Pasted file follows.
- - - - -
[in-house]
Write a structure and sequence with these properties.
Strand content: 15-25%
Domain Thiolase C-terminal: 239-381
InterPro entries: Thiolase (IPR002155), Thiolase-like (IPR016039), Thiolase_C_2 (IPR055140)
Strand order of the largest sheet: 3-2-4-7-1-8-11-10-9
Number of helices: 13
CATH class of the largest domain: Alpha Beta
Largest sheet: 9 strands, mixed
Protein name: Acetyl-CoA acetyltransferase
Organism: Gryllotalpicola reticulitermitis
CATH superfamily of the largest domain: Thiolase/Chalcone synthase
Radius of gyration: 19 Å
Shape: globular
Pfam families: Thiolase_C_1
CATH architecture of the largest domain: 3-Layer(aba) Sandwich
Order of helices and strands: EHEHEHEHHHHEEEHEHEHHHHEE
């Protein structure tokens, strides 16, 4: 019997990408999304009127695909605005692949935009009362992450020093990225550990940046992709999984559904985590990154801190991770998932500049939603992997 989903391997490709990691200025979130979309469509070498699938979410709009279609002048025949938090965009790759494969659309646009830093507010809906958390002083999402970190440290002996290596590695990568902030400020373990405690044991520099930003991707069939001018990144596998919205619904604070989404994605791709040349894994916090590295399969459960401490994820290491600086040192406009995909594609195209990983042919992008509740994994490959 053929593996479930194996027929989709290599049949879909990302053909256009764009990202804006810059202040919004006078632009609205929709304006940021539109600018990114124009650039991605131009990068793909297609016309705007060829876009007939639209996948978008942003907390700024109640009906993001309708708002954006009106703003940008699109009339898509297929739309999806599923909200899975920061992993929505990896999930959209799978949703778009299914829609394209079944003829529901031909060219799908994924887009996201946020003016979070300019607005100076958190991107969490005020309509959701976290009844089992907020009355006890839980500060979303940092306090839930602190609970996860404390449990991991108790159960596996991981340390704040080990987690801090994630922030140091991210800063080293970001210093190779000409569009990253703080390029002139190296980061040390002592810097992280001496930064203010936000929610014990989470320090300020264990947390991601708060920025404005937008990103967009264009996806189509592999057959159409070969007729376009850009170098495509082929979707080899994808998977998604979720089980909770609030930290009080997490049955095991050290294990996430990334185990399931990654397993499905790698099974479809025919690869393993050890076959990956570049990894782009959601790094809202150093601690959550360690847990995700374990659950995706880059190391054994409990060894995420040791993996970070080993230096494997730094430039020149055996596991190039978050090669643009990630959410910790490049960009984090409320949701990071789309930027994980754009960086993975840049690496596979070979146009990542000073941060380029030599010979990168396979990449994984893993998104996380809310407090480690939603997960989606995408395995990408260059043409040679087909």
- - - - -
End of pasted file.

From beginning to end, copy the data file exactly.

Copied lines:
[in-house]
Write a structure and sequence with these properties.
Strand content: 15-25%
Domain Thiolase C-terminal: 239-381
InterPro entries: Thiolase (IPR002155), Thiolase-like (IPR016039), Thiolase_C_2 (IPR055140)
Strand order of the largest sheet: 3-2-4-7-1-8-11-10-9
Number of helices: 13
CATH class of the largest domain: Alpha Beta
Largest sheet: 9 strands, mixed
Protein name: Acetyl-CoA acetyltransferase
Organism: Gryllotalpicola reticulitermitis
CATH superfamily of the largest domain: Thiolase/Chalcone synthase
Radius of gyration: 19 Å
Shape: globular
Pfam families: Thiolase_C_1
CATH architecture of the largest domain: 3-Layer(aba) Sandwich
Order of helices and strands: EHEHEHEHHHHEEEHEHEHHHHEE
């Protein structure tokens, strides 16, 4: 019997990408999304009127695909605005692949935009009362992450020093990225550990940046992709999984559904985590990154801190991770998932500049939603992997 989903391997490709990691200025979130979309469509070498699938979410709009279609002048025949938090965009790759494969659309646009830093507010809906958390002083999402970190440290002996290596590695990568902030400020373990405690044991520099930003991707069939001018990144596998919205619904604070989404994605791709040349894994916090590295399969459960401490994820290491600086040192406009995909594609195209990983042919992008509740994994490959 053929593996479930194996027929989709290599049949879909990302053909256009764009990202804006810059202040919004006078632009609205929709304006940021539109600018990114124009650039991605131009990068793909297609016309705007060829876009007939639209996948978008942003907390700024109640009906993001309708708002954006009106703003940008699109009339898509297929739309999806599923909200899975920061992993929505990896999930959209799978949703778009299914829609394209079944003829529901031909060219799908994924887009996201946020003016979070300019607005100076958190991107969490005020309509959701976290009844089992907020009355006890839980500060979303940092306090839930602190609970996860404390449990991991108790159960596996991981340390704040080990987690801090994630922030140091991210800063080293970001210093190779000409569009990253703080390029002139190296980061040390002592810097992280001496930064203010936000929610014990989470320090300020264990947390991601708060920025404005937008990103967009264009996806189509592999057959159409070969007729376009850009170098495509082929979707080899994808998977998604979720089980909770609030930290009080997490049955095991050290294990996430990334185990399931990654397993499905790698099974479809025919690869393993050890076959990956570049990894782009959601790094809202150093601690959550360690847990995700374990659950995706880059190391054994409990060894995420040791993996970070080993230096494997730094430039020149055996596991190039978050090669643009990630959410910790490049960009984090409320949701990071789309930027994980754009960086993975840049690496596979070979146009990542000073941060380029030599010979990168396979990449994984893993998104996380809310407090480690939603997960989606995408395995990408260059043409040679087909």